Thursday, June 02, 2011

A Monster Calls (Patrick Ness)

This is not a review.

I first heard of Patrick Ness thanks to an old Amazon recommendation in 2009. Later, he was mentioned in an io9 article, which somehow legitimized my desire to find his books. In 2009, I found both The Knife of Never Letting Go and The Ask and the Answer in Bibliarch Glorietta, and the rest was history. I remember not even managing to climb the stairs of my lonely apartment because I was too engrossed in his books. I read them straight. I don't even remember fixing myself dinner. After the release of Monsters of Men last year, I had been eagerly awaiting his next title.

Then came A Monster Calls. Like I said earlier, this is not a review.

A Monster Calls was really the brainchild of author Siobhan Dowd. I am sorry to admit that I've never read anything she has written before this. But Ms Dowd passed on before she could finish it, and Mr Ness was left with the task. In the story, Conor comes face-to-face with a walking nightmare. And whether Conor likes it or not, the monster is there to tell him three tales -- and expects one in return. And what Conor has chosen to tell literally shook me. I cried. I had been in his shoes before. I knew that life. This is what I mean when I say this is not a review. I am not the right person to ask.

The spark which belonged to Ms Dowd was shaped by Mr Ness' way of writing powerful coming-of-age stories and Jim Kay's brilliantly dark illustrations. A Monster Calls knew, with its honest and simple prose, how to reveal a carefully layered story, one that is brimming with emotion that is neither put-on or pretentious. You have to be there, at 12.07, to know what I mean.

If you've faced sickness and death and loss and regret in your life, read it. This is not a review. This is an exhortation.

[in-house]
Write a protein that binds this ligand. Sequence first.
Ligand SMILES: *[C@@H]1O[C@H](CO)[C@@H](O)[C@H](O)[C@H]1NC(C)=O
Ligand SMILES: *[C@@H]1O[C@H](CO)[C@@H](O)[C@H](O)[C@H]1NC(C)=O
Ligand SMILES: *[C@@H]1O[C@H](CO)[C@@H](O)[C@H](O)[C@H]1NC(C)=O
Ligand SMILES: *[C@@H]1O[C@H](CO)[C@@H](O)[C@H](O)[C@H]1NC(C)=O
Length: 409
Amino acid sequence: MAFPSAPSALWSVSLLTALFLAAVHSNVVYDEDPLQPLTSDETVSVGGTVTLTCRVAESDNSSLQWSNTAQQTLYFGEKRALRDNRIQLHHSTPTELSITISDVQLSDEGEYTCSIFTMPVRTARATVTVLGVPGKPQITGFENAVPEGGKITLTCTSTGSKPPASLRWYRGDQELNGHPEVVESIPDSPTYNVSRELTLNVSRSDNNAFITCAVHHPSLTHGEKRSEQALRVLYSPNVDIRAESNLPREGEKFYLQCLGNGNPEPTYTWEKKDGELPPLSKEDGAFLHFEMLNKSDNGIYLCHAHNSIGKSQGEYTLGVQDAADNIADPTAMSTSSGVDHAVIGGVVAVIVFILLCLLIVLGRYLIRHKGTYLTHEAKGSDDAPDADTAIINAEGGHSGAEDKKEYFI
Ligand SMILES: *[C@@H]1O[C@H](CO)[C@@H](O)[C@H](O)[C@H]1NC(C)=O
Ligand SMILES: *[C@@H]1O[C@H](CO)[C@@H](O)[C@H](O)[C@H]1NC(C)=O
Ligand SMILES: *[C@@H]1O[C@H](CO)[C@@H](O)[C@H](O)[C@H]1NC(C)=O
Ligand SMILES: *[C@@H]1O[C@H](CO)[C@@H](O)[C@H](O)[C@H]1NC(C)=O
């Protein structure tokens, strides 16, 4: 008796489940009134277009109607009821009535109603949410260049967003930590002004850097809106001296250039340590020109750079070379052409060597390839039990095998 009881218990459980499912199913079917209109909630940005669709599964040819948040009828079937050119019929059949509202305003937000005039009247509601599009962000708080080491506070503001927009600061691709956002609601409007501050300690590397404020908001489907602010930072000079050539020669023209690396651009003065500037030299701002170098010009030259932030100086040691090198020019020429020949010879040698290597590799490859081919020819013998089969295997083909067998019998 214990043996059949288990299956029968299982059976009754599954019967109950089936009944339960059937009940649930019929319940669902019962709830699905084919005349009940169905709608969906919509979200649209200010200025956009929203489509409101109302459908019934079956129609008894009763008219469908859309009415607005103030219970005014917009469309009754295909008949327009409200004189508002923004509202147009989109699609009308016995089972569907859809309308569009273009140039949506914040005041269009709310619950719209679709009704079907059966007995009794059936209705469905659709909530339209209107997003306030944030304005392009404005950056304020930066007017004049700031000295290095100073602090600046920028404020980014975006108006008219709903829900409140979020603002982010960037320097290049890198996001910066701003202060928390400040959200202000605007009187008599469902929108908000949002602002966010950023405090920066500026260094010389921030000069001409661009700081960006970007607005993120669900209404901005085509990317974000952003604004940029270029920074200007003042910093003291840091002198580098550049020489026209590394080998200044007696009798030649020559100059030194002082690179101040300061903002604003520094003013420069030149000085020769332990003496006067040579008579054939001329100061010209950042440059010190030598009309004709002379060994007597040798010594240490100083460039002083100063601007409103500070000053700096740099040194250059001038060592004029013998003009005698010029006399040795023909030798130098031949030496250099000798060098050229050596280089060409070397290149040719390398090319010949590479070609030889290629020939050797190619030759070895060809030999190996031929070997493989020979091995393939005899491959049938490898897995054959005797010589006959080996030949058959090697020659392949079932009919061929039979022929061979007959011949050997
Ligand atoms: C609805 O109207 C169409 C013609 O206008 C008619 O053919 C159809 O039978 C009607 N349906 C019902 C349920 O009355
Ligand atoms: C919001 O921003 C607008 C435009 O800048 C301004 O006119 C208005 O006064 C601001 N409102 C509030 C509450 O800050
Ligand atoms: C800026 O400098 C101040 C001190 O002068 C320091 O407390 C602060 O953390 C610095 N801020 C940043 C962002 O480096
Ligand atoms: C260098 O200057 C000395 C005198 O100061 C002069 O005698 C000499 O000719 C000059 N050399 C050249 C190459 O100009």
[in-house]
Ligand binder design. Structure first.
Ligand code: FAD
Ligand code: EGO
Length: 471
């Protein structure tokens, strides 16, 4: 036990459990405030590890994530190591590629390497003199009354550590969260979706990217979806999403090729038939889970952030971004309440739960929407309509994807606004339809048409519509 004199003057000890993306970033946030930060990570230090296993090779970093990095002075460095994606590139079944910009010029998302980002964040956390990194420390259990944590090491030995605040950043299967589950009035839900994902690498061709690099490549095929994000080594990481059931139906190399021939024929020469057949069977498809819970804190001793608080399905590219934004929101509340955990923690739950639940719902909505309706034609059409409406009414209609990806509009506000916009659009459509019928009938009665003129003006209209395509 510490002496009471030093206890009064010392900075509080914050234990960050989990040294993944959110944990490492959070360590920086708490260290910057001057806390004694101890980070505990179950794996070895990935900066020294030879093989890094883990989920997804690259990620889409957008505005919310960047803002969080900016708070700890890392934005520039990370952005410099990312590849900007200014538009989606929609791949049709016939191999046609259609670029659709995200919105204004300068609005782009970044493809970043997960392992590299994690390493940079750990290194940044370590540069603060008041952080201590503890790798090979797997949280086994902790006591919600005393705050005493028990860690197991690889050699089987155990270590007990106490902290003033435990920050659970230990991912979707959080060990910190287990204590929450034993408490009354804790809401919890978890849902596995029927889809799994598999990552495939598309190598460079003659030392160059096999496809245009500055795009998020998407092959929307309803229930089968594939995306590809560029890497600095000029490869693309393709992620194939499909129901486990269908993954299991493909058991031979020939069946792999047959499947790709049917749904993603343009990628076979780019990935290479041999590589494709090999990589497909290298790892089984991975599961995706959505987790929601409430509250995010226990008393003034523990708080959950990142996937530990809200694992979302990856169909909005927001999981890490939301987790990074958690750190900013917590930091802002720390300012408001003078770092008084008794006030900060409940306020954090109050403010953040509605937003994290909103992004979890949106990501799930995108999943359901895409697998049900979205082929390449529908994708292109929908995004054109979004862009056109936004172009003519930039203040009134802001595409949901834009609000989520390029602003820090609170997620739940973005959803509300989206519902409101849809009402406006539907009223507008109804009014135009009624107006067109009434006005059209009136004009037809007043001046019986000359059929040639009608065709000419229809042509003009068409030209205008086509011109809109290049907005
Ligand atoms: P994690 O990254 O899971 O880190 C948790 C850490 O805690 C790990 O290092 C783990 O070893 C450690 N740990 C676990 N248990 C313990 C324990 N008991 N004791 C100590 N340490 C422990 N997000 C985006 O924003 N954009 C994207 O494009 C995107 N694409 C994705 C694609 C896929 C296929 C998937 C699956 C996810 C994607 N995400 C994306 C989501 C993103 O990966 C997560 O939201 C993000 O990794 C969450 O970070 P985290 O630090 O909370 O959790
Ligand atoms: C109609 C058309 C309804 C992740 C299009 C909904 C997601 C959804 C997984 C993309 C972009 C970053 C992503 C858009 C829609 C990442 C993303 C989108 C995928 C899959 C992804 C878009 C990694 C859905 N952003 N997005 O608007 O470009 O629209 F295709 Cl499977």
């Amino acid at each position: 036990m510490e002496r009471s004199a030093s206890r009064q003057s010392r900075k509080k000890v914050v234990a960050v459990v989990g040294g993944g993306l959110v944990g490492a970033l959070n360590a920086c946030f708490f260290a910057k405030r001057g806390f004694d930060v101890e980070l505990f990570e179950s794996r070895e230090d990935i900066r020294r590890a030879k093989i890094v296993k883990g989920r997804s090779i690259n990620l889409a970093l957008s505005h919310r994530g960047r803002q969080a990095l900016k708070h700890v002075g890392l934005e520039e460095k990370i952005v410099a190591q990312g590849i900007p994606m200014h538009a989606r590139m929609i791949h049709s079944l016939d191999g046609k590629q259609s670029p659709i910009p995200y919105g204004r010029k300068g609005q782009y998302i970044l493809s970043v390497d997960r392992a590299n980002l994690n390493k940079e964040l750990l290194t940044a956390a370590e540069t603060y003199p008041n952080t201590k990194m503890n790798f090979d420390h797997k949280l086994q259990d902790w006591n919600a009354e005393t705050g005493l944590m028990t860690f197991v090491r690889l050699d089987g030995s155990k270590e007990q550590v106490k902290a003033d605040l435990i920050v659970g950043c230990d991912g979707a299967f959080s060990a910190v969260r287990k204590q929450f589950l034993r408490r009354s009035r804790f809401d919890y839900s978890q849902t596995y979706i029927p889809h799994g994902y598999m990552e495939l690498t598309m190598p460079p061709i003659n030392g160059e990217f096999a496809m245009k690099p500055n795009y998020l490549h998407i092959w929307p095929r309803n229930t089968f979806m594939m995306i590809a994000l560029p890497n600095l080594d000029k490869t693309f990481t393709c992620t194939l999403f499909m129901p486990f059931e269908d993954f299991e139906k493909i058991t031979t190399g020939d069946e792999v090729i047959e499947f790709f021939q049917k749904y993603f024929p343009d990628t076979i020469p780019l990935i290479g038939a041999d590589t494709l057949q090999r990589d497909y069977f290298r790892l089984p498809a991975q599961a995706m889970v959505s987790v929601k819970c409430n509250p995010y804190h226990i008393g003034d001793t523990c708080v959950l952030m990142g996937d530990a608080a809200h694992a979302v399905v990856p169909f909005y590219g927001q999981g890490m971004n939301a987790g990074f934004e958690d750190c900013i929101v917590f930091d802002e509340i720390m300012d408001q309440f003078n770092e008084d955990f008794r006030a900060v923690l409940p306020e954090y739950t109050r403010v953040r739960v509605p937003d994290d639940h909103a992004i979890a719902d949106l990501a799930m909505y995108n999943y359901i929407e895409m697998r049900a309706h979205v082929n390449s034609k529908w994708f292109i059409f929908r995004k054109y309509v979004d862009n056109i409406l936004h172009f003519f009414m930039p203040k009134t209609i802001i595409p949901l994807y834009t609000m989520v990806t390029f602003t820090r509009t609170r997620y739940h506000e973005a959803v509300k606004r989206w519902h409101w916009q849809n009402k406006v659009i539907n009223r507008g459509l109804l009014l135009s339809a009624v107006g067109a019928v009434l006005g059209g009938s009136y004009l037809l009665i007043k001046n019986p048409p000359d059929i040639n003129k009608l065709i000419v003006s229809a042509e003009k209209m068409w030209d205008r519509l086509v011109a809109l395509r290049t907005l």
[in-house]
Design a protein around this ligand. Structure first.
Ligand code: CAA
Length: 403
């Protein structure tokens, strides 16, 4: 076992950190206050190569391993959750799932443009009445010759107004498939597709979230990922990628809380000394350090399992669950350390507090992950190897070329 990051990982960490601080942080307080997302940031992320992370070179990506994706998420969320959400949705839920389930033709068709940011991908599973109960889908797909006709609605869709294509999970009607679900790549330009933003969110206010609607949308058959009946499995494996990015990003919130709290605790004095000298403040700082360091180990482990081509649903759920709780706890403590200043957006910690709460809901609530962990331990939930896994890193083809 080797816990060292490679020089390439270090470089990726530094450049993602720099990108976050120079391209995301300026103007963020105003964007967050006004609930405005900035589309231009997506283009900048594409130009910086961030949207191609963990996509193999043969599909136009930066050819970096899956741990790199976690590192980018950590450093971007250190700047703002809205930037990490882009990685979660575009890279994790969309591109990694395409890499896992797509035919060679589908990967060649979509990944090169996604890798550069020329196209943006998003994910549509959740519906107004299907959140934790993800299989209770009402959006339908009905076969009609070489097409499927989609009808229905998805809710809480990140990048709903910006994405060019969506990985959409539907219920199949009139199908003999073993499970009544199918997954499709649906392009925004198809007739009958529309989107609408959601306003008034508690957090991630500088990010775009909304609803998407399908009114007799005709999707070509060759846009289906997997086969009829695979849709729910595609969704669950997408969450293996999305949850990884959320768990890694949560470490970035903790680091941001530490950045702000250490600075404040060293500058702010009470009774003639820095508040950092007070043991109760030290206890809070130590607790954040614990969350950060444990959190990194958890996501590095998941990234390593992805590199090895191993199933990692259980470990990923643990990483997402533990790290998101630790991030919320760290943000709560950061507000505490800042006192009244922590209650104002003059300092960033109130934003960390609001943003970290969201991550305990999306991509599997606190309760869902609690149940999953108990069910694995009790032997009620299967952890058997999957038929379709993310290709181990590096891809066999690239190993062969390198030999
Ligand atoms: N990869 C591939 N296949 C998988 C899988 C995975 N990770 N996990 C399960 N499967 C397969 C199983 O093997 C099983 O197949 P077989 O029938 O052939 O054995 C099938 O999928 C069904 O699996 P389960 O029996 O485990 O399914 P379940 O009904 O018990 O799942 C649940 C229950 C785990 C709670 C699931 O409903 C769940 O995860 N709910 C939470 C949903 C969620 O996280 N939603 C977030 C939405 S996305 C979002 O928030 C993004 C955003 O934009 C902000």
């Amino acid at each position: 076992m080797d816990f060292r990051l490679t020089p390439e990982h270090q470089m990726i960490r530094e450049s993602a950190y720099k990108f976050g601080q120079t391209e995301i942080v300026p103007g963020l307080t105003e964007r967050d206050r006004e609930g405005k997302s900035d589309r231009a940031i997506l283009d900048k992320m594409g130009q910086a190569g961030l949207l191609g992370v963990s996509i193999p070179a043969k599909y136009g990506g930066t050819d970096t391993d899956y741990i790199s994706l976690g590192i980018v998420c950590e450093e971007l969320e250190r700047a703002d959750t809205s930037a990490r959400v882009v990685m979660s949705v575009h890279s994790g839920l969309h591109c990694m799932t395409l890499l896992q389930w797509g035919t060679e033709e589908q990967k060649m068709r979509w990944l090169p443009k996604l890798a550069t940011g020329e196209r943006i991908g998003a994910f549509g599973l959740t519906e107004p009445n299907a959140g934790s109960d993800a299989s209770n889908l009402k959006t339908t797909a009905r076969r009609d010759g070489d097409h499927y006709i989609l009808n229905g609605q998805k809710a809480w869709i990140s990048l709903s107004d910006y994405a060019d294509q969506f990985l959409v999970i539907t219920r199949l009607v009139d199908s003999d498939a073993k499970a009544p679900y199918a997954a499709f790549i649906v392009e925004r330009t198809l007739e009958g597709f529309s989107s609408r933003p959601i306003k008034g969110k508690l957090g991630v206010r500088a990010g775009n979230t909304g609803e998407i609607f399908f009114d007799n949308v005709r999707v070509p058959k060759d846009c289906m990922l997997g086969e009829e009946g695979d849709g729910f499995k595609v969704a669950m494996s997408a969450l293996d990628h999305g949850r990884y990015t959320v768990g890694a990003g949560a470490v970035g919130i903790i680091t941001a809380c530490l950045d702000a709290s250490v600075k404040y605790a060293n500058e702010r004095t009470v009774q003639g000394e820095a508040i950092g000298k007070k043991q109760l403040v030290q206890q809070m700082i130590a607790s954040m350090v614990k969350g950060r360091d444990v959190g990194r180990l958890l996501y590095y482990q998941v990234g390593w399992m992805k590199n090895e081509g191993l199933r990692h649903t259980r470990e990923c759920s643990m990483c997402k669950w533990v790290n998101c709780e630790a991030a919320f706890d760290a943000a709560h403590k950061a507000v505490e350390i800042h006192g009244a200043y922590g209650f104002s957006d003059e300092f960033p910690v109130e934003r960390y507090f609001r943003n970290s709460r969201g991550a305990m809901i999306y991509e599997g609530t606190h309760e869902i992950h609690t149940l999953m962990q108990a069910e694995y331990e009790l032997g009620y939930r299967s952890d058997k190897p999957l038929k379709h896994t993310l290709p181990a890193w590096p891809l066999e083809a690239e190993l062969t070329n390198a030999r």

A very special thank you to Tina of One More Page for my lovely copy.


Chachic said...

Aww Chris, loved what you had to say about this book. You've made me curious about this even though I didn't love The Knife of Never Letting Go. I requested it from NetGalley but haven't gotten a response. If I don't get the review copy, I'll find some other way to read it. It sounds beautiful.

dementedchris said...

I think it helps to be a fan of sci-fi to appreciate fully what Ness did with The Knife of Never Letting Go but A Monster Calls (I think) just relies on very honest storytelling. I hope you do get to read it!

Chachic said...

I'm not a big fan of sci fi but I do read it from time to time. I loved Ender's Game and Ness' worldbuilding in the Chaos Walking trilogy actually remind of Sharon Shinn's Samaria.

dementedchris said...

I really liked the issues that Knife raises, like the loss of innocence and the measure of manhood (which I thought was shown quite well in Todd's conflicted decisions throughout the story and not just within a central objective of proving one's self), as well as how Noise can inhibit and disconnect relationships. There are lots more other themes that are raised in the subsequent books but I think if you had a hard time connecting with Knife, it may be harder to appreciate the other books. (I think Knife is the 'friendliest' of the trilogy in the way that it follows themes and hehe, cliches, that are common in YA and adventure stories.)

And you like Ender's Game! :) Have you read Orson Scott Card's Enchantment? It's a retelling of Sleeping Beauty in a Russian setting; I know you also appreciate retellings. :)

I hope you like A Monster Calls better. (Yikes, na-dyahe tuloy ako mag-recommend.) I think it's easier to relate to Conor than to Todd. :)

Chachic said...

LOL you Patrick Ness fans are making me feel bad that I didn't love Knife! I did say I liked it, I just wasn't blown away like the rest of you. And based on the comments on my review, other people are still going to pick up the book because (or should I say "in spite of"?) what I said.

Yep, both Ender's Game and Enchantment are in my list of favorites: Those are the only two Orson Scott Card books that I've read although I have a copy of Speaker of the Dead because they say it's amazing too.

Tina said...

I'm glad to hear you loved this one! Makes me more excited to crack my copy open. =D

dementedchris said...

Oh no, I really don't want you to feel bad!!! Ayan, triple exclam so you'll know how bad I feel for making you feel that way. :( I really have a tendency to go on incessantly without thinking haha.

Thanks again for the copy! I didn't expect that it would be hardbound so it was extra awesome.

Tin said...

Hey, I didn't know you made a "not a review" review of The Monster Calls! You've made the proverbial itch for this book worse.*scratch scratch*
I love your post. (I said post not review :P)